The greatest cost of the endless and needless wars the United States is engaged in can’t be measure in dollars and cents but in the expenditure of our most precious resource, the lives of our young people, said potential Libertarian presidential candidate R. Lee Wrights.
“The greatest cost of war is the toll it is taking on our most precious resources, our young people,” said Wrights. “Every time a young American soldier, sailor, airman or marine is killed, another dream dies, another possibility dies, another prospect dies. Every time a young American is killed, another hope dies.”
One such precious resource was 24-year-old Robert J. Miller. The Special Forces soldier was recently awarded the Congressional Medal of Honor, the highest U.S. military decoration, for his action in Afghanistan in saving the lives of 22 American and Afghan soldiers.
“Staff Sgt. Miller gave his life for his fellow man, the greatest sacrifice any person can make,” Wrights said. “He should be honored, as should every American killed defending themselves or their comrades.”
“But the greatest honor we can bestow on these young people is to stop asking them to sacrifice themselves in endless and needless wars,” he said. “If we truly want to support the troops we should bring them home – now.”
“Most Americans are untouched by the war, other than having to endure invasions of their civil liberties when they try to get on an airplane,” Wrights said. “During the Vietnam war, the anti-war movement was galvanized by the images of death and destruction on their television screens. Sadly, today Americans are either numb or indifferent to very similar images coming out of Iraq and Afghanistan.”
Defense Secretary Robert Gates has even acknowledged that this is not a shared cost. He told a group of students at Duke University recently that less than 20 percent of Americans know someone who has been in the military and that number is declining. Gates said that despite the “fond sentiments for men and women in uniform, for most Americans the wars remain an abstraction.”
Wrights said that America’s wars are now being fought by a professional military, the standing army that our nation’s founders feared and warned against. In his Duke lecture, Gates said that United States couldn’t sustain such “complex and protracted missions” like Iraq and Afghanistan without the dedication of “seasoned professional who choose to serve and keep on serving.”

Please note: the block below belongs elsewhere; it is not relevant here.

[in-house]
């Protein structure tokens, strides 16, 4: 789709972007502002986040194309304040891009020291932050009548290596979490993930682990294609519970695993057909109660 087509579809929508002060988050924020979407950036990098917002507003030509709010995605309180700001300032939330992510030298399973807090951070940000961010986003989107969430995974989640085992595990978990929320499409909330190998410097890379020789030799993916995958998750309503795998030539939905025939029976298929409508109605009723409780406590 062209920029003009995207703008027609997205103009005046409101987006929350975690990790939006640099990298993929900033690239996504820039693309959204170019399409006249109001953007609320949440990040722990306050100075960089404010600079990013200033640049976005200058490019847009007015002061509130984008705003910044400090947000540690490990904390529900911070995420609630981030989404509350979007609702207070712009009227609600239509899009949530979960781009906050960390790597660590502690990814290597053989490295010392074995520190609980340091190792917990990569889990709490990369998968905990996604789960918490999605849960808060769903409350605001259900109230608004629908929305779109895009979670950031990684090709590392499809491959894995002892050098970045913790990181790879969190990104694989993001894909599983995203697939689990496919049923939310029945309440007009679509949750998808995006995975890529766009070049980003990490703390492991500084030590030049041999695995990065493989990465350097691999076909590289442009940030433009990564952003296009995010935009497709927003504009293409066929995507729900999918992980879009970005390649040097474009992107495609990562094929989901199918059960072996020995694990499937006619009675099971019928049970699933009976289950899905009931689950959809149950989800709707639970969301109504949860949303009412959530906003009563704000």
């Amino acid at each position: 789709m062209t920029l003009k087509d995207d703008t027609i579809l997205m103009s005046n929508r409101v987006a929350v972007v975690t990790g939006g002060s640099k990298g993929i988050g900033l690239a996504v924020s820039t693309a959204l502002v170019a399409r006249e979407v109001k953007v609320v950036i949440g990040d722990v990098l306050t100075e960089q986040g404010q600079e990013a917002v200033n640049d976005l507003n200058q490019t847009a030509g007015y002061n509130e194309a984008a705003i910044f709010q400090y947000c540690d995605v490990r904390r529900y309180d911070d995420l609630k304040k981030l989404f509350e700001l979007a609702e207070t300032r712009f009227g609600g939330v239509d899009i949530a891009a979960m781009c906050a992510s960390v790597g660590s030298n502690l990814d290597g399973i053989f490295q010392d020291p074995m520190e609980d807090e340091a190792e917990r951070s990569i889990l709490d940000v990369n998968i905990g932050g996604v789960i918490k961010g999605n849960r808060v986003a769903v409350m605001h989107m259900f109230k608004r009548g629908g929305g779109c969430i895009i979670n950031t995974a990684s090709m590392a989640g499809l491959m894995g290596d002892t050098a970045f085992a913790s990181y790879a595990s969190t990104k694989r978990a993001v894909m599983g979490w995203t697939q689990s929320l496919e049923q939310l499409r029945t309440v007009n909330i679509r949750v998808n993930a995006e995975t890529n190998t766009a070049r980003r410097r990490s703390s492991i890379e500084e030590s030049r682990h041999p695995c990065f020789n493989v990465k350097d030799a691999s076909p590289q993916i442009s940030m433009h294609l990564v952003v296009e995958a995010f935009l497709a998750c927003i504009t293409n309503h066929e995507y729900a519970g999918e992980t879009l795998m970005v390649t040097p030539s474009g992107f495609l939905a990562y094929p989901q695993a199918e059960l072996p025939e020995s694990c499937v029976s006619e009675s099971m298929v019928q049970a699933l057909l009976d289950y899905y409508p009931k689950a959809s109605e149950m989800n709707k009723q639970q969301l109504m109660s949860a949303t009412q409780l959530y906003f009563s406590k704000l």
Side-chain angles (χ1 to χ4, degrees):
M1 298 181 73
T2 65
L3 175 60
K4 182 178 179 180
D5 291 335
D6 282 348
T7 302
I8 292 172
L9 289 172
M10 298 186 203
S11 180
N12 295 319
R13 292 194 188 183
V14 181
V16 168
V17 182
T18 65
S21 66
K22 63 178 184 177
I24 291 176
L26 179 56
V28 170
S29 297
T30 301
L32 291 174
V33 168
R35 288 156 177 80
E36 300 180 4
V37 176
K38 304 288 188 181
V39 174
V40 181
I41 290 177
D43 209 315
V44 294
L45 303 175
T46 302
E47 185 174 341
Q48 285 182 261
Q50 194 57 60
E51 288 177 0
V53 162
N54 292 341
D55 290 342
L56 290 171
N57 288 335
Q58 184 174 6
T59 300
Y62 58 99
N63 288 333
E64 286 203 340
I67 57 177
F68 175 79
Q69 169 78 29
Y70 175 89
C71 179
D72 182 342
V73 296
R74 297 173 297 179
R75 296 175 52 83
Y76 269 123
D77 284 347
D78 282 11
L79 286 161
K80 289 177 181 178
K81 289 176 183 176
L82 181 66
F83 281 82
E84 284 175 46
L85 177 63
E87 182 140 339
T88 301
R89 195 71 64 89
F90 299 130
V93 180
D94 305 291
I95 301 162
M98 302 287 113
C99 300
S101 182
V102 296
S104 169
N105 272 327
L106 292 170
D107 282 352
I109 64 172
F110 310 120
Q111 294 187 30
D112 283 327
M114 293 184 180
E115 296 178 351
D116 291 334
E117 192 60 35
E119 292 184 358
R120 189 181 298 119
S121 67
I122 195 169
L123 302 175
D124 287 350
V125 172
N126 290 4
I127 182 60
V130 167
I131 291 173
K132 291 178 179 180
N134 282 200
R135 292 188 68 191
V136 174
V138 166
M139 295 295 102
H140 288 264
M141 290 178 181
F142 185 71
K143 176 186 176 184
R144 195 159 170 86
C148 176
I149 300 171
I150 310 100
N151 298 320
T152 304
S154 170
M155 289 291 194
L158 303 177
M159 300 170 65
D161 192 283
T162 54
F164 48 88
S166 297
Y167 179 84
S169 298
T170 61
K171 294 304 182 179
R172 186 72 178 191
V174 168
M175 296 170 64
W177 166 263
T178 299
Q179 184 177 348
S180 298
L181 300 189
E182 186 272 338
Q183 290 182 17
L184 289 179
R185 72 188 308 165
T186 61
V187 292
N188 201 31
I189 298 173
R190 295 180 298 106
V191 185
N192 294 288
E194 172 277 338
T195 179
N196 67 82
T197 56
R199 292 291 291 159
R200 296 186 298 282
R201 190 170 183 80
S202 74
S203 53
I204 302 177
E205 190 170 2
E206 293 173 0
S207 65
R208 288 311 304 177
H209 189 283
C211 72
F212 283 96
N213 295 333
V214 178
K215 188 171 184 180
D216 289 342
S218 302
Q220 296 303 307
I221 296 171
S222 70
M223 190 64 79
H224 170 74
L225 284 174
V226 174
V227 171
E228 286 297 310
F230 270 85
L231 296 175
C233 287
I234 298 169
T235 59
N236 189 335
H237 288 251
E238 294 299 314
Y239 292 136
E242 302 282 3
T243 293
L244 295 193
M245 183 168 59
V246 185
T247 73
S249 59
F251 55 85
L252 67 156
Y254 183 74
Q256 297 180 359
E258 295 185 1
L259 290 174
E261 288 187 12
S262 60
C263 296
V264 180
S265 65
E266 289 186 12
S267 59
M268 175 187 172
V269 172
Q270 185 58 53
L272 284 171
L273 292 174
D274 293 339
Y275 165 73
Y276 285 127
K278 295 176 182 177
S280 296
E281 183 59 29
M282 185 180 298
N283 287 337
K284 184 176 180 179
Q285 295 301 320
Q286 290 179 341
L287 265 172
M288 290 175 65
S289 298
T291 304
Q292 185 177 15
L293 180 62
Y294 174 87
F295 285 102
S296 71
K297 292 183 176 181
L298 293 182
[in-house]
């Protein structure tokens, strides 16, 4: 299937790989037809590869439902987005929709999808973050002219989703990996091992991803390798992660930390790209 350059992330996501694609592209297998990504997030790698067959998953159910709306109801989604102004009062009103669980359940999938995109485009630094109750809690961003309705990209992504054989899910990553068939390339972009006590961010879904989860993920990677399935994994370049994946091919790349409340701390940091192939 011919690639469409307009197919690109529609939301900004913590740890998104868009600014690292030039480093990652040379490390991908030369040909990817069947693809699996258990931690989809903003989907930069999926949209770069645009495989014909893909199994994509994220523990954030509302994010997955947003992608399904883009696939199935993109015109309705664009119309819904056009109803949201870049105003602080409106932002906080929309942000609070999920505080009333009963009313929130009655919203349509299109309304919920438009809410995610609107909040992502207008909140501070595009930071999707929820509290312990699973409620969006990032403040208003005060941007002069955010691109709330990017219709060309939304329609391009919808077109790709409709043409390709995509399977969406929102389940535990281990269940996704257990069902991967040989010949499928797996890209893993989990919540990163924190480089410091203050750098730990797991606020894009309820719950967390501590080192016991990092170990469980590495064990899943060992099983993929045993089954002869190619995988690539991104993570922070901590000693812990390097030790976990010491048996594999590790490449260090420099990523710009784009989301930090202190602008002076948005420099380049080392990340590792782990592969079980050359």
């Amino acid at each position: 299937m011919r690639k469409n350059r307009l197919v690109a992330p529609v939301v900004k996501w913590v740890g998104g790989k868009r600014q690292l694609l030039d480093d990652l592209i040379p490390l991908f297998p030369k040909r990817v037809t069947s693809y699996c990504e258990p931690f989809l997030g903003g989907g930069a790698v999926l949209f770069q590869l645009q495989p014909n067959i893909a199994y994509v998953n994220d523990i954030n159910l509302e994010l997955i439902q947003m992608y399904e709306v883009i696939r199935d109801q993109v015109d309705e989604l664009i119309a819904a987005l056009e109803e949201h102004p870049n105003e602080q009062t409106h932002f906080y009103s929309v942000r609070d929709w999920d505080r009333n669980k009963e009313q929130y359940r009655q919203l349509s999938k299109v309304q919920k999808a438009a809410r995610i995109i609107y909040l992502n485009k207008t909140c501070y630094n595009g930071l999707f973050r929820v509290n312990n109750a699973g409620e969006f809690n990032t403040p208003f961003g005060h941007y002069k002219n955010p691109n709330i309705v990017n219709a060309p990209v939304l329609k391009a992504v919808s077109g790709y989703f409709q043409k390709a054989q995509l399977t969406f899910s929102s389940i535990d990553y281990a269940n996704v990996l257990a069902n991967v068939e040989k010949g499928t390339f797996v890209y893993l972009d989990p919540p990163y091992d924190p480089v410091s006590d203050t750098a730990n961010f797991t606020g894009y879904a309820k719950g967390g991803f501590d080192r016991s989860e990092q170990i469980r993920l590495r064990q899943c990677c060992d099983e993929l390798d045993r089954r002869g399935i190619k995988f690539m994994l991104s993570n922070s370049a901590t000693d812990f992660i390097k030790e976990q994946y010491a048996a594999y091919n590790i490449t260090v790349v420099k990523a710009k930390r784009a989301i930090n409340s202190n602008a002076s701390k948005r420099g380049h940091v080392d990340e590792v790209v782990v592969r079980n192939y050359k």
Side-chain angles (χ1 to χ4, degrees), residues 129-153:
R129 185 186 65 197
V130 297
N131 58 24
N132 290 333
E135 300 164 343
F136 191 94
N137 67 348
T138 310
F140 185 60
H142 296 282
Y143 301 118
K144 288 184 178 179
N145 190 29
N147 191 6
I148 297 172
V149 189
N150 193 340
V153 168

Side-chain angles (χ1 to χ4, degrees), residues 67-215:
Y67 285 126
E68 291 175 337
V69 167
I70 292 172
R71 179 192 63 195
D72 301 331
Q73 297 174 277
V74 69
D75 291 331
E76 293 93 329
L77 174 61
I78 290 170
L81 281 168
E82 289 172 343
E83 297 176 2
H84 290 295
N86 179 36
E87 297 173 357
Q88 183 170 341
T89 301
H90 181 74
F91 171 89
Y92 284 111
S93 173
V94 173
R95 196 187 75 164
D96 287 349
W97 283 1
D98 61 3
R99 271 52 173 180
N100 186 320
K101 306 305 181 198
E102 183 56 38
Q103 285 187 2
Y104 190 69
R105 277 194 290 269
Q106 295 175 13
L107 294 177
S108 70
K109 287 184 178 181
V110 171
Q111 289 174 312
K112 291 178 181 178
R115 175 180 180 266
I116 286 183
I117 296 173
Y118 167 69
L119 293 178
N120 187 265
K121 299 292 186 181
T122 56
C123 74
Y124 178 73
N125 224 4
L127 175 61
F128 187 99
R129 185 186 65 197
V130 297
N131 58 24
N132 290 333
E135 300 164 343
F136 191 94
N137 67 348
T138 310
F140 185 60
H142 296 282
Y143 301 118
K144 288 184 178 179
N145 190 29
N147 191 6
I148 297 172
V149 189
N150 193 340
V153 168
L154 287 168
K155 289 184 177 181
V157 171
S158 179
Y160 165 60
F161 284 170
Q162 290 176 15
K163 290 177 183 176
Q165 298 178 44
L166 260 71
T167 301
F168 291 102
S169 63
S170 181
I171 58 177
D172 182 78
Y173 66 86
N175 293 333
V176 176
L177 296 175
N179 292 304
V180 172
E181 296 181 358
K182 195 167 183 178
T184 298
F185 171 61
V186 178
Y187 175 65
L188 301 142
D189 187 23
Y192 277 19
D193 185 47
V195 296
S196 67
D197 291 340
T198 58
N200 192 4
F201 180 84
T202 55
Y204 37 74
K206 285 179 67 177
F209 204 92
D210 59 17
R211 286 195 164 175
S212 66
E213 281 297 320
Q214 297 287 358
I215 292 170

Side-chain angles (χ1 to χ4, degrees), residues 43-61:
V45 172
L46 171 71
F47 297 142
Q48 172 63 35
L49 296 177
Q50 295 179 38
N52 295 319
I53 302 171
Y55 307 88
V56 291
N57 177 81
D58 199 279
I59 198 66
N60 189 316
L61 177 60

The defense secretary also said that whatever mistakes were made in these conflicts were the result of failures and “miscalculations” at the top, not by the troops in the field. “It has taken every ounce of our troops’ skill, initiative and commitment to battle a cunning and adaptive enemy at the front while overcoming bureaucratic lassitude and sometimes worse at the rear,” Gates said.
“This is stunning,” Wrights said. “What the secretary is saying in effect is that these young people who choose to serve their country have more honor and integrity to do the right thing than the leaders who send them to fight and die. I am appalled at such callousness.”
Gates said that the wars are putting extraordinary stress on military members and their families, causing anxiety, increased domestic strife and a growing number of suicides. He said that the divorce rate among Army enlisted personnel has nearly doubled since the wars began.
“Yet neither the secretary nor President Obama offer any solutions to these problems,” Wrights said. “They piously praise the dedication and sacrifice made by America’s young men and women in uniform, yet they continue to promote policies that will cause them and their families to suffer and sacrifice even more.”
“Our military deserves better. Our military deserves a Commander-in-Chief who will honor and respect their devotion to duty by calling on them to fight and die only to defend America when we have been directly attacked,” Wrights said.
Wrights, a military veteran himself, is considering seeking the presidential nomination because he believes the Libertarian message in 2012 should be a loud, clear and unequivocal call to stop all war. He has pledged that 10 percent of all donations to his campaign will be spent for ballot access so that the stop all war message can be heard in all 50 states.
Wrights is the co-founder and editor of the free speech online magazine Liberty For All. The 52-year old writer and political activist was born in Winston Salem, NC and now lives in Texas. Contact Lee at email@example.com.